• As the cherub figures in her room come to life once again, Nell finds the architectural structure and ceiling above her coming to life (with ghostly like apparitions) and then impaling her bed and trapping her there. This includes a menacing/scary face and arm-like objects that come out at her (and later the others).
  • As gasoline leaks from a damaged car, Marrow races to free Luke from the vehicle.
  • The ending sequence, where the characters have more encounters with the evil spirit (and statues that have come alive) and try to get out of the house, may be suspenseful and/or frightening to some viewers (and includes a scene where we see a character get decapitated with the head falling to the floor -- but both are only momentarily seen).
  • None.
  • Phrases: "Basket case," "Screwed" (nonsexual), "Jeez," "Shut up," "Bastard" and "Go to hell."
  • Mrs. Dudley suddenly opens a door and scares Nell.
  • A burning log in the fireplace suddenly and loudly pops.
  • Luke suddenly walks into Marrow in the hallway late at night.
  • A skeleton suddenly pops up and scares Nell.
  • The film is filled with an extreme amount of scary and suspenseful music.
  • None.
  • At least 2 "s" words, 3 hells, 2 craps, 1 S.O.B., 1 damn and 8 uses each of "God" and ‘Oh my God," 6 of "Jesus," 4 of "Oh God," 2 each of "Swear to God" and "Oh Jesus" and 1 use each of "Christ" and "My God" as exclamations.
  • Theo shows some cleavage in various (and often skintight) clothes that she wears (and in one scene the camera briefly shows a closeup of that cleavage).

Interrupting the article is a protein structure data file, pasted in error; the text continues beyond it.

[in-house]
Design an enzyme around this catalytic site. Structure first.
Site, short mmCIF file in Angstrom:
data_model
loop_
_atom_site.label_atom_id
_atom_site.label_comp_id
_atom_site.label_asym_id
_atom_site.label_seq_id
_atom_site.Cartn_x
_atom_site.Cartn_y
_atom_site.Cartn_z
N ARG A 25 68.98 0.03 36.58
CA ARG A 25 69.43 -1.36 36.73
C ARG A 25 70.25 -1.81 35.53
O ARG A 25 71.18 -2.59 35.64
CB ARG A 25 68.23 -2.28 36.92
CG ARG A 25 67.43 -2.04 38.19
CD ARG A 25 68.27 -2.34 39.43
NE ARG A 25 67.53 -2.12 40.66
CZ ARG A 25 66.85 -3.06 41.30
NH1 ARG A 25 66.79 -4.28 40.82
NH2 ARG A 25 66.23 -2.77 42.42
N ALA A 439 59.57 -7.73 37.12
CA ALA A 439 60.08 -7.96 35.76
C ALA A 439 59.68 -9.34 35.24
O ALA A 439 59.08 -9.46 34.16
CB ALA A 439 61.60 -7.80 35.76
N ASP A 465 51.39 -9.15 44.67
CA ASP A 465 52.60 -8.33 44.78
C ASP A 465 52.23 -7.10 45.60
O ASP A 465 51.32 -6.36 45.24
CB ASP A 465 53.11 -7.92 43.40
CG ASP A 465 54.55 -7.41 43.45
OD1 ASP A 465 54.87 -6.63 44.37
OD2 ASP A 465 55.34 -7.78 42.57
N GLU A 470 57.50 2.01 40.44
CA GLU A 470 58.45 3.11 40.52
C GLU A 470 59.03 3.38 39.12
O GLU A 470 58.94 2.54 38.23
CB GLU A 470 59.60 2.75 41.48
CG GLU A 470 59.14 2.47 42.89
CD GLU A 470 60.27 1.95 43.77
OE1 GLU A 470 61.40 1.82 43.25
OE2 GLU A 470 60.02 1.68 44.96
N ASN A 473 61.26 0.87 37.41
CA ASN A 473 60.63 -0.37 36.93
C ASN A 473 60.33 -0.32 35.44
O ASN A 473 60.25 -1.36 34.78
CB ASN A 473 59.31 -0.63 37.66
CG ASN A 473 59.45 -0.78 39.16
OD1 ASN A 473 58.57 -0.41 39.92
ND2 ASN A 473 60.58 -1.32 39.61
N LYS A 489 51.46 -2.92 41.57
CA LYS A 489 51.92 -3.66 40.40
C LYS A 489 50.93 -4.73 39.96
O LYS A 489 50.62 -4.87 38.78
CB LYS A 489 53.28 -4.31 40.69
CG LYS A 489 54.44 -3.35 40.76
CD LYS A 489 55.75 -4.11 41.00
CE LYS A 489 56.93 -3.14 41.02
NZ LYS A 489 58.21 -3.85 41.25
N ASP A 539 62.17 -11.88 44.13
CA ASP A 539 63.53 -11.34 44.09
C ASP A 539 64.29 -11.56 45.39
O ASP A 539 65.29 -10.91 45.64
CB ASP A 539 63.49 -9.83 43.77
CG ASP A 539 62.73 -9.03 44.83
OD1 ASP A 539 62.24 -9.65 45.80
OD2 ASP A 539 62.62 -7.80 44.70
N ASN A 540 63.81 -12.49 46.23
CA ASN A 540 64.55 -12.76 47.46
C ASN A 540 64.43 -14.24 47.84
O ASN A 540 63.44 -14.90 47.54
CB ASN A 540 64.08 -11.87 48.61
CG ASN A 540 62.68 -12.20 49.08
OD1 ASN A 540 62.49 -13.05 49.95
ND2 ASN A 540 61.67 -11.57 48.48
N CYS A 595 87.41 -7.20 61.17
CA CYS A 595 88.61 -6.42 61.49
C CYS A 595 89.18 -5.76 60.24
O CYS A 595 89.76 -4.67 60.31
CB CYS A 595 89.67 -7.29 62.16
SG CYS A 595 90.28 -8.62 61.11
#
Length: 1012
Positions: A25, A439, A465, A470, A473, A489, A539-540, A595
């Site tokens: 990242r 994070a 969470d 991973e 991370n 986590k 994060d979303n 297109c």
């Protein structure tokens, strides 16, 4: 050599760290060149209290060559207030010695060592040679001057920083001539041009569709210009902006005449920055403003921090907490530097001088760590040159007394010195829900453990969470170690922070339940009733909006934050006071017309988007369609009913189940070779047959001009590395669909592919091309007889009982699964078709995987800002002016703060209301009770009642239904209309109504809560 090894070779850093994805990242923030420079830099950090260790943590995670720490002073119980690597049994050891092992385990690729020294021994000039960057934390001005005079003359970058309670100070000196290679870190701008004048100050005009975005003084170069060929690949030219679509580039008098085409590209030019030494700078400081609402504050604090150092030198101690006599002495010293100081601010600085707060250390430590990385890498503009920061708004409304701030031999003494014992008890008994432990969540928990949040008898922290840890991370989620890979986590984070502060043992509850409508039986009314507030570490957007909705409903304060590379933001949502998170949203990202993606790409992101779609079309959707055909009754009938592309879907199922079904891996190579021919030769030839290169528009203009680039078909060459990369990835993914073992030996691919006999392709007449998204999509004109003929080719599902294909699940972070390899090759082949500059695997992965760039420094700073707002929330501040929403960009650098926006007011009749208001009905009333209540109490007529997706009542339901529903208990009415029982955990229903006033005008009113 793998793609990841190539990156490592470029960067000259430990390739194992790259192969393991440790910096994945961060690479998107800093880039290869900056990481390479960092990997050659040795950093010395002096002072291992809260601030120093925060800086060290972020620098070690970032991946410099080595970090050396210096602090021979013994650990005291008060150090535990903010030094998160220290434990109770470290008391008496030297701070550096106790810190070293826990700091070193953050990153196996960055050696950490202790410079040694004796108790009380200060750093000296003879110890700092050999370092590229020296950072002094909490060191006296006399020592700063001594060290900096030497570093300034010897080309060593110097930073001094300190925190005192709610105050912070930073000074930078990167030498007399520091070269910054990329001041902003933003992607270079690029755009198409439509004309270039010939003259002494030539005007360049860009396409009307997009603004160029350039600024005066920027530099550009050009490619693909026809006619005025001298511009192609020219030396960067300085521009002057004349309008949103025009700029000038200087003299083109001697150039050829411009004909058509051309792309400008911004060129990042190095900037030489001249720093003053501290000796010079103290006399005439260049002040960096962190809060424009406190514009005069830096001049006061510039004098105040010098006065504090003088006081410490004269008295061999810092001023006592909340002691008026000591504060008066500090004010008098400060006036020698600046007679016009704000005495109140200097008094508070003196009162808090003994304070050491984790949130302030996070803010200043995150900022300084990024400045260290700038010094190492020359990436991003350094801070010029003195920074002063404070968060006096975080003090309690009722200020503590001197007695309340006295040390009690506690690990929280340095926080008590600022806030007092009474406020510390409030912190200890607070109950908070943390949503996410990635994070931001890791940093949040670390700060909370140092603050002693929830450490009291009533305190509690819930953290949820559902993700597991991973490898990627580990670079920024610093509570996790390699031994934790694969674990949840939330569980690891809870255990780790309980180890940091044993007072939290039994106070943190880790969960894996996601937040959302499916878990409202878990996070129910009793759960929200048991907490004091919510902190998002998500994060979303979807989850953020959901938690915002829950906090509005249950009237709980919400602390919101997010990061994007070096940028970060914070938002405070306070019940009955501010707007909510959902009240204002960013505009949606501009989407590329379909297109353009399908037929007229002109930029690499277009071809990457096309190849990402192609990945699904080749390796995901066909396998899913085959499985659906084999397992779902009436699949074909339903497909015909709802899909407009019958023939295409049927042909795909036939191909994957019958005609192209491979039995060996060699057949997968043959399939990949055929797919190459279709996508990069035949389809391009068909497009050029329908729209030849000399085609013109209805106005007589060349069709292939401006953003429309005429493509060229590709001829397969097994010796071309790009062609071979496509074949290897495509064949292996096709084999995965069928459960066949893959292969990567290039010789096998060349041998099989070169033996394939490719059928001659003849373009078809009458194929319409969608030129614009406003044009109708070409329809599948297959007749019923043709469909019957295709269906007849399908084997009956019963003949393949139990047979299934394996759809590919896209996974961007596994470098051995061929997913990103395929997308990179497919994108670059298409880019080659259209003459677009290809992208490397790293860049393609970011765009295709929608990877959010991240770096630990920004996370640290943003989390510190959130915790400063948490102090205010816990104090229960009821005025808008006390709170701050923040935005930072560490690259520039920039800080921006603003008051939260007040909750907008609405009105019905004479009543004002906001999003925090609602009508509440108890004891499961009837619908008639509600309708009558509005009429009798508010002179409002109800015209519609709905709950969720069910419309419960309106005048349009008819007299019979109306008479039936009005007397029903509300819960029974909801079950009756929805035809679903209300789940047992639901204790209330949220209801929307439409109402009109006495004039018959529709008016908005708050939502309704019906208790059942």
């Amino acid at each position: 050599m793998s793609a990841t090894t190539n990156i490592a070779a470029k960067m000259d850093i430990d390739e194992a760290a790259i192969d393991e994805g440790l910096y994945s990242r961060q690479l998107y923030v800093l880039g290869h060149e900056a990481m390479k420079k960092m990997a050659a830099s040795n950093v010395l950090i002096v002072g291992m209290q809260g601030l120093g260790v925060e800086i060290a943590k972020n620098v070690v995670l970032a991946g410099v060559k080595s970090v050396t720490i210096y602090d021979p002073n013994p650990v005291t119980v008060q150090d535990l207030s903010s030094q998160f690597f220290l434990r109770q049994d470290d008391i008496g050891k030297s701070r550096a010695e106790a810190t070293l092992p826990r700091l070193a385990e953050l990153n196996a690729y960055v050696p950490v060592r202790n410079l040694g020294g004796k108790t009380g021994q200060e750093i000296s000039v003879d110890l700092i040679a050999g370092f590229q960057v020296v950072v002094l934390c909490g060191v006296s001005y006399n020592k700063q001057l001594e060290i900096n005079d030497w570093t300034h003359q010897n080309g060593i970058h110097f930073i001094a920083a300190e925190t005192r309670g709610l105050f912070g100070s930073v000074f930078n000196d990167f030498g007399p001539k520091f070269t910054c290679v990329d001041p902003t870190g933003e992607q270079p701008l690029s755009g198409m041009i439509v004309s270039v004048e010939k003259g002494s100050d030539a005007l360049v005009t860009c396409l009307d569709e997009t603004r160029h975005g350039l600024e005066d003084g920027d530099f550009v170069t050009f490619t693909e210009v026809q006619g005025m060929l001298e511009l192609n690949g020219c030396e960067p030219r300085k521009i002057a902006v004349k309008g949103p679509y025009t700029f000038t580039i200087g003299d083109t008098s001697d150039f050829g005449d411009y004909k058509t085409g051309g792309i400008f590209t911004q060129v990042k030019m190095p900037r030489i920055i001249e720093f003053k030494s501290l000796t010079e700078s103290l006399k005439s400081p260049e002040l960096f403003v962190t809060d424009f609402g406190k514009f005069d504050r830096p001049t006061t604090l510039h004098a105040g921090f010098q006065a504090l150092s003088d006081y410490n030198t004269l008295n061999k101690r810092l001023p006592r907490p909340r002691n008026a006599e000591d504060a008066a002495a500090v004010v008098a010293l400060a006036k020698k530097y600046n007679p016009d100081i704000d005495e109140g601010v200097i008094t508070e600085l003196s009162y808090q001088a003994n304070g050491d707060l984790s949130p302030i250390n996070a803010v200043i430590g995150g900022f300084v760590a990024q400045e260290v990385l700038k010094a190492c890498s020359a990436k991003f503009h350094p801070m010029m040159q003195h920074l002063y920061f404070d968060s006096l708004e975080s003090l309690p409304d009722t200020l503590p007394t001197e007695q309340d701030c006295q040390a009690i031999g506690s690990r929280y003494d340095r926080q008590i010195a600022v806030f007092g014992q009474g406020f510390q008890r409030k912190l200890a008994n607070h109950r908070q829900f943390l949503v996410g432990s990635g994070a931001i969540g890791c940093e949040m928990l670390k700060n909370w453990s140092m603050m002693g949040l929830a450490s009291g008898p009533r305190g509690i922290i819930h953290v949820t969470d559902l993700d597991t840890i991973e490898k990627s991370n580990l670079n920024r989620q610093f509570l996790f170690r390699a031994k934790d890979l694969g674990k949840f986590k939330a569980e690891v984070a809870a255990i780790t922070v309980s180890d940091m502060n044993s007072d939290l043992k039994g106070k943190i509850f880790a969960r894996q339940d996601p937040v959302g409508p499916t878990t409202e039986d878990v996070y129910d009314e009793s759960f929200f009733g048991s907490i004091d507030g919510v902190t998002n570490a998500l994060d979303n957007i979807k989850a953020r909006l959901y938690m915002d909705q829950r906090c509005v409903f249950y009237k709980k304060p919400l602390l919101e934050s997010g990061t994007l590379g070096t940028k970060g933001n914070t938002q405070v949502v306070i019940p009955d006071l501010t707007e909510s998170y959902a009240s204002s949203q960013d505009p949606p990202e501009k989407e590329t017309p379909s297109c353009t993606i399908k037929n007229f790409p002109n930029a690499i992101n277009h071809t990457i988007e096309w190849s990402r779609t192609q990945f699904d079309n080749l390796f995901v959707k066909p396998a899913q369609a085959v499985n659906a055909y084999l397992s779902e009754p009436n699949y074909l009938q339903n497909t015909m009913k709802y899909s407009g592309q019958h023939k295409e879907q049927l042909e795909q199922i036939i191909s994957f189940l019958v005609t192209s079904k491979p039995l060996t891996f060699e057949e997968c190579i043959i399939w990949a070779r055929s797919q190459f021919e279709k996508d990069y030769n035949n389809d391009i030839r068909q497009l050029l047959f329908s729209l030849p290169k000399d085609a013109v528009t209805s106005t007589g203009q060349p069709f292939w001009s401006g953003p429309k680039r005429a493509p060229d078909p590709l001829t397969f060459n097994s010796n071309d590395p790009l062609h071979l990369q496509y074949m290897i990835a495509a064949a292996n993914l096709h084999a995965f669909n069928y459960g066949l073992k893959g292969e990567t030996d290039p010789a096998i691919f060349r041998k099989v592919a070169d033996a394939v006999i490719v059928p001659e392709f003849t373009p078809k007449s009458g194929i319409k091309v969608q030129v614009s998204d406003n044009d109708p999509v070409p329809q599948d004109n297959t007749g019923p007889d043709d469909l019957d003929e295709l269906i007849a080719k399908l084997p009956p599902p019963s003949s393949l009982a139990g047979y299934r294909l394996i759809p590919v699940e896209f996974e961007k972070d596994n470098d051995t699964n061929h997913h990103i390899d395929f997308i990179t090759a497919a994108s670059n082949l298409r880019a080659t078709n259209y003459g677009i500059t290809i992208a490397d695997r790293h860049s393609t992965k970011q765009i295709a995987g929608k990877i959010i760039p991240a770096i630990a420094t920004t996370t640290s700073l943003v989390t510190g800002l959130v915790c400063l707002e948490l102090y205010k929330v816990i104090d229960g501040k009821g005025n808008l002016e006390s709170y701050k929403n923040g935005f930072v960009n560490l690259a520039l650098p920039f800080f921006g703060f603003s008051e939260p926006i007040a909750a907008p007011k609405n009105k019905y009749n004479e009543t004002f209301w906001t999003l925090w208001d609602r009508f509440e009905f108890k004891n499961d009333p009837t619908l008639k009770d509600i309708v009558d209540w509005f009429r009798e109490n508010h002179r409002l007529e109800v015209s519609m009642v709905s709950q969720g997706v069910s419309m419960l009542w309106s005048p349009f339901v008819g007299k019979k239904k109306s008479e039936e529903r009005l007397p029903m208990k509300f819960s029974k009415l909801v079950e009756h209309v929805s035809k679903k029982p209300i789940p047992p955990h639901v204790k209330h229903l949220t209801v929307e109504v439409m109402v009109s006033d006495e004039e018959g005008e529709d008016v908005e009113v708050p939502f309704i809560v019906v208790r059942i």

• Theo casually mentions having both a boyfriend and a girlfriend and laments that the threesome doesn't get along and thus can't live together. She then asks Nell if she has a husband, boyfriend or girlfriend (she has none).
  • As Marrow mentions the basic needs of being human (food, shelter, etc...) Theo adds "sex" to the list.
  • None.
  • Nell and her sister (and her husband) have an argument about their mother's will (the mother recently died).
  • Whether haunted houses really exist.
  • Marrow's deceitful treatment of his test subjects.
  • One of Marrow's assistants is hit in the face with a broken keyboard string, resulting in a mildly bloody scratch down her forehead and cheek.
  • There's talk that Crain's wife committed suicide (and Nell later sees a vision of her hanging from the top of the home's arboretum.
  • Theo slaps Marrow.
  • Nell sees a ghostly figure in the window and throws something at it, breaking the window. Its shards, however, suddenly reverse direction and fly back toward her.
  • A large statue suddenly grabs Morrow and pulls him into the tub of water surrounding it (and then spits out blood from its mouth that mixes with the water and partially covers Marrow).
  • As Nell's room comes to life, objects in it (as well as parts of the floor, etc...) are destroyed.
  • Luke repeatedly strikes a lock with a shovel and then tries driving a car through the locked gate (damaging both). Marrow then breaks the car's back window to free Luke.
  • Marrow and Luke smash chairs against the home's windows as they try to escape and Marrow cuts his hand.
  • Luke purposefully slashes Crain's portrait.
  • A character is decapitated by a large swinging object (only briefly seen).
  • A large portrait falls and scratches Theo, while Nell repeatedly strikes a griffin statue that has come to life.
  • As we see the spirit of another person float up from their body, we assume that they died from their encounter with the evil spirit.

  • Reviewed July 23, 1999 / Posted July 23, 1999